Salt Lake City, July 19, 2006—Myriad Genetics, Inc. (Nasdaq: MYGN) (www.myriad.com) announced today that results of its completed Phase 2 follow-on study of Flurizan™ in patients with mild Alzheimer's disease were presented at the 10th International Conference on Alzheimer's Disease and Related Disorders, in Madrid, Spain, by Dr. Gordon Wilcock, Professor of Clinical Gerontology, Nuffield Department of Medicine, University of Oxford, and lead investigator for the Phase 2 trial. The data suggest that study participants taking 800 mg BID of Flurizan demonstrated a substantial benefit over other dose groups in the study and that this benefit continued to increase over 24 months, for each of the evaluated areas of cognition, memory loss, global function and activities of daily living.
The data also suggest that during the follow-on period from months 12 to 24, the benefit of Flurizan increases in terms of both effect size and significance, the longer patients remain on Flurizan. At month 24, patients taking 800 mg of Flurizan BID had an effect size of 72%, with a highly significant value of p=0.0005, as measured by their global function on the CDR-sb test. In terms of the performance of activities of daily living (ADCS-ADL) at 24 months, the patients showed a 67% effect size, with a value of p=0.015, which is also significant. Flurizan is improving the rate of cognitive decline also, as shown by the effect size of 52% at 24 months on the ADAS-cog scale. These data suggest that there was a substantial benefit from Flurizan on activities of daily living and global function, and that the benefit was increasing over time.
The vast majority (~94%) of patients in this Phase 2 study, at the time of enrollment, were receiving stable doses of acetylcholinesterase inhibitors, FDA-approved drugs for symptomatic treatment of Alzheimer's disease, at the time of enrollment. Thus, the benefits of Flurizan observed in these patients were over and above the current standard of care.
"The 24 month data completes the Phase 2 follow-on trial with mounting evidence of efficacy against mild Alzheimer's disease that consistently increased over the course of the study," said Adrian Hobden, Ph.D., President of Myriad Pharmaceuticals, Inc. "The results are consistent with a mode of action for Flurizan that is modifying the course of the underlying disease process."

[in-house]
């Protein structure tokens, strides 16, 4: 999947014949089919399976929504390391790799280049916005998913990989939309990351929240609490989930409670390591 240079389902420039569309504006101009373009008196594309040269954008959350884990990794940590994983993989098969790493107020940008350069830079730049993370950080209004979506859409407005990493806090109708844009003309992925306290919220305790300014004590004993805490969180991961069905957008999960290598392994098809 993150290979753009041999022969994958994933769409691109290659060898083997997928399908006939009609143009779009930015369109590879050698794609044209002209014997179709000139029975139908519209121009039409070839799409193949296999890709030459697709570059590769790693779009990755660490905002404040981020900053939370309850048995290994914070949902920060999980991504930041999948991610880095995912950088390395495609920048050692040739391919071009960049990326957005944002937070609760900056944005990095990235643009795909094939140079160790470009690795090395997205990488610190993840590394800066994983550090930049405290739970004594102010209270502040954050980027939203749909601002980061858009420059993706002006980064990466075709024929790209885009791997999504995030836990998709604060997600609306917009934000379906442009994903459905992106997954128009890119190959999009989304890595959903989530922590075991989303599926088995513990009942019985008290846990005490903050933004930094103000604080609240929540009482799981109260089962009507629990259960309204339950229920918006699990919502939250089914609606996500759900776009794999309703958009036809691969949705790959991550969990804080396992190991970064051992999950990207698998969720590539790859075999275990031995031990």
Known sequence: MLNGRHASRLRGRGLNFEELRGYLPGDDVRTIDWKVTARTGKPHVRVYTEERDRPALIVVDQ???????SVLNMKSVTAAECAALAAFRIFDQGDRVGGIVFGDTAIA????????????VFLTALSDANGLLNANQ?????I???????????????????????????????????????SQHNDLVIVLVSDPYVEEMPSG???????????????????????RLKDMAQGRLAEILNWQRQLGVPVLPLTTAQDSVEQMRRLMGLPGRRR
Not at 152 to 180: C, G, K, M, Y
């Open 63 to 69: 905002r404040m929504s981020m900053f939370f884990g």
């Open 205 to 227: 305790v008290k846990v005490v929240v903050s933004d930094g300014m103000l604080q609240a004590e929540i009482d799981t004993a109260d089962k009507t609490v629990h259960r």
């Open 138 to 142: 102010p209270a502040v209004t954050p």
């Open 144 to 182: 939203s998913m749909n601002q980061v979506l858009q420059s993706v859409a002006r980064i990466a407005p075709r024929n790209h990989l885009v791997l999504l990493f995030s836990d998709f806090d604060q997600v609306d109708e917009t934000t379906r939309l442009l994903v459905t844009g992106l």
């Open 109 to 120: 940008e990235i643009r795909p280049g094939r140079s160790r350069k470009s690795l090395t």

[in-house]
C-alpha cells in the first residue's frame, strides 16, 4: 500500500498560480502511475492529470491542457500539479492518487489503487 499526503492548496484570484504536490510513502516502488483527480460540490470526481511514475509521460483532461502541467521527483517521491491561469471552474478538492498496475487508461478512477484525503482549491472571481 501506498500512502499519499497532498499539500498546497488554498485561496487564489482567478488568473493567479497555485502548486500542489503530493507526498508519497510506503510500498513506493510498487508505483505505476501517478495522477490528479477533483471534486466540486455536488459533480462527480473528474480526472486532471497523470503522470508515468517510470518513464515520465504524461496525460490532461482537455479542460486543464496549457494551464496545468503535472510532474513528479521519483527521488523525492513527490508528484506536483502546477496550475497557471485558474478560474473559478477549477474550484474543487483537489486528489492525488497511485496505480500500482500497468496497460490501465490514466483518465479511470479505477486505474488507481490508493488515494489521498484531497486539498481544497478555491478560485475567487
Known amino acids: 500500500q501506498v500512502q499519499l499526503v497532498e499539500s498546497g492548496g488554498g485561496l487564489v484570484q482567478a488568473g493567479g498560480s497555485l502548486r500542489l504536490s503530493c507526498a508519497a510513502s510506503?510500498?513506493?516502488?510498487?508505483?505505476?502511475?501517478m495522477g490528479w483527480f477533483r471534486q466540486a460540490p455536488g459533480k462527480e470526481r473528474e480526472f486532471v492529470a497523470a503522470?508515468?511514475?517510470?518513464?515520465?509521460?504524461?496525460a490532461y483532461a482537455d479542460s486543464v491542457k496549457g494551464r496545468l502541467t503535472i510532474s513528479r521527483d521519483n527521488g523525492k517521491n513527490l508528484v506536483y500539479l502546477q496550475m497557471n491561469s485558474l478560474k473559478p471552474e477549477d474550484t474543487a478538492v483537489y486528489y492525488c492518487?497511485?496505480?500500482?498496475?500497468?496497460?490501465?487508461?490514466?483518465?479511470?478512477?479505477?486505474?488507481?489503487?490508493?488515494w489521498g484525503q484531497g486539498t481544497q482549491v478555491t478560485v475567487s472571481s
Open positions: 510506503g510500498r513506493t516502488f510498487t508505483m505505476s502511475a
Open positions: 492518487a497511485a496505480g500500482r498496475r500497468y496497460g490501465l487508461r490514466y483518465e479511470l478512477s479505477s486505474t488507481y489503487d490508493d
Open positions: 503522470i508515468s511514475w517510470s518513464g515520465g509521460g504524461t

Importantly, the Phase 2 trial also studied the occurrence and timing of serious psychiatric events in patients with Alzheimer's disease. The occurrence of psychiatric problems such as agitation, aggression, confusional state and depression was monitored throughout the study. Over the course of the 12-month study, approximately 35% of participants taking placebo experienced such an event. However, patients on 800 mg BID Flurizan experienced a 60% reduction in psychiatric events (14%, p=0.020) compared to those on placebo and the time to such an event was significantly longer with patients on Flurizan than those on placebo (333 days vs. 106 days, a difference of over 7 months, p=0.011). These data provide an indication that their disease had progressed more slowly than those on placebo.
"The decrease in the number of psychiatric events and the dramatic lengthening in time before patients experienced such events while on Flurizan is an important feature for spouses and caregivers of Alzheimer's patients, as well as for the patients themselves," said Jacobo Mintzer, M.D., Professor in the Departments of Psychiatry and Neurosciences and Director of the Alzheimer's Disease Program at the Medical University of South Carolina, who is presenting the psychiatric event findings at the conference. "These events can be as troubling as the more widely recognized memory loss and decline in cognition to those involved in the devastating deterioration caused by Alzheimer's disease."